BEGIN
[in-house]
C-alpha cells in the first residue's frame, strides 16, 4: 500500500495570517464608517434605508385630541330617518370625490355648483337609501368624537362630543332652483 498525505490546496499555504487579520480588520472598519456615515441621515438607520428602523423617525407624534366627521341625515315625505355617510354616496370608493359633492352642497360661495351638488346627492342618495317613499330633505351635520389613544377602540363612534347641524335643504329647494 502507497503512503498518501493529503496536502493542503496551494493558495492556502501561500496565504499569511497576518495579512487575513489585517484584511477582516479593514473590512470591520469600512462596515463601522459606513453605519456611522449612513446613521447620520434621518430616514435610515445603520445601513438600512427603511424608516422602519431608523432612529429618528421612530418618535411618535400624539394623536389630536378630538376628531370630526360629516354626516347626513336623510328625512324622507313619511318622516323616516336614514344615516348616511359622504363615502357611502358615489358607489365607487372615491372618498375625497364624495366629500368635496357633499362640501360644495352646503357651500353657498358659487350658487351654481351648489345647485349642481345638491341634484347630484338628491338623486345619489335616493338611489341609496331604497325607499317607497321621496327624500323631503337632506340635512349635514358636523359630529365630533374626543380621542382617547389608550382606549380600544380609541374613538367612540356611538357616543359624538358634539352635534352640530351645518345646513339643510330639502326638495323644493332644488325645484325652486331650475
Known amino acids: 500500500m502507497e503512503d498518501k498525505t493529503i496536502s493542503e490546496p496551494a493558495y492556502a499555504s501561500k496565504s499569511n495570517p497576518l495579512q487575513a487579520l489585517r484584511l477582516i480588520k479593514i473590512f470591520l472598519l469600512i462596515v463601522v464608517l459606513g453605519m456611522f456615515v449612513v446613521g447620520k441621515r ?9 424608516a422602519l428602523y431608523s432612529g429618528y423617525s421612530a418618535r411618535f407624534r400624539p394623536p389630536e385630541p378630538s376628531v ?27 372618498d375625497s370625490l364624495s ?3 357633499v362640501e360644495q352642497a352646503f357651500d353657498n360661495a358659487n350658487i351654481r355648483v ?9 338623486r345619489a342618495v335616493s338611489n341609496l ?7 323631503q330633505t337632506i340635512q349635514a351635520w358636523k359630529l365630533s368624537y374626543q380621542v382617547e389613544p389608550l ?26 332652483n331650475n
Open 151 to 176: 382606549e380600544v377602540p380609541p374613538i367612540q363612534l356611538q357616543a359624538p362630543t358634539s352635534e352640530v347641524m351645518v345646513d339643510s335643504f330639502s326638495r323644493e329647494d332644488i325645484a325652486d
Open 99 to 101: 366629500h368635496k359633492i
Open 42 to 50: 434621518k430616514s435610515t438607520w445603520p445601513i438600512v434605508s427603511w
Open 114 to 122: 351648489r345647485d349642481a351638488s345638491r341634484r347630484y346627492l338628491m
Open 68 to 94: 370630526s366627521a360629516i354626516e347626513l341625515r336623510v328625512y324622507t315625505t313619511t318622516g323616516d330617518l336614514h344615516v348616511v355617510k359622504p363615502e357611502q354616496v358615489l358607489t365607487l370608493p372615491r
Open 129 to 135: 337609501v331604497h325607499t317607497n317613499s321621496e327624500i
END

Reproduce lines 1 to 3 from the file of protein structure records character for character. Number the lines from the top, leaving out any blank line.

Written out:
[in-house]
C-alpha cells in the first residue's frame, strides 16, 4: 500500500495570517464608517434605508385630541330617518370625490355648483337609501368624537362630543332652483 498525505490546496499555504487579520480588520472598519456615515441621515438607520428602523423617525407624534366627521341625515315625505355617510354616496370608493359633492352642497360661495351638488346627492342618495317613499330633505351635520389613544377602540363612534347641524335643504329647494 502507497503512503498518501493529503496536502493542503496551494493558495492556502501561500496565504499569511497576518495579512487575513489585517484584511477582516479593514473590512470591520469600512462596515463601522459606513453605519456611522449612513446613521447620520434621518430616514435610515445603520445601513438600512427603511424608516422602519431608523432612529429618528421612530418618535411618535400624539394623536389630536378630538376628531370630526360629516354626516347626513336623510328625512324622507313619511318622516323616516336614514344615516348616511359622504363615502357611502358615489358607489365607487372615491372618498375625497364624495366629500368635496357633499362640501360644495352646503357651500353657498358659487350658487351654481351648489345647485349642481345638491341634484347630484338628491338623486345619489335616493338611489341609496331604497325607499317607497321621496327624500323631503337632506340635512349635514358636523359630529365630533374626543380621542382617547389608550382606549380600544380609541374613538367612540356611538357616543359624538358634539352635534352640530351645518345646513339643510330639502326638495323644493332644488325645484325652486331650475
Known amino acids: 500500500m502507497e503512503d498518501k498525505t493529503i496536502s493542503e490546496p496551494a493558495y492556502a499555504s501561500k496565504s499569511n495570517p497576518l495579512q487575513a487579520l489585517r484584511l477582516i480588520k479593514i473590512f470591520l472598519l469600512i462596515v463601522v464608517l459606513g453605519m456611522f456615515v449612513v446613521g447620520k441621515r ?9 424608516a422602519l428602523y431608523s432612529g429618528y423617525s421612530a418618535r411618535f407624534r400624539p394623536p389630536e385630541p378630538s376628531v ?27 372618498d375625497s370625490l364624495s ?3 357633499v362640501e360644495q352642497a352646503f357651500d353657498n360661495a358659487n350658487i351654481r355648483v ?9 338623486r345619489a342618495v335616493s338611489n341609496l ?7 323631503q330633505t337632506i340635512q349635514a351635520w358636523k359630529l365630533s368624537y374626543q380621542v382617547e389613544p389608550l ?26 332652483n331650475n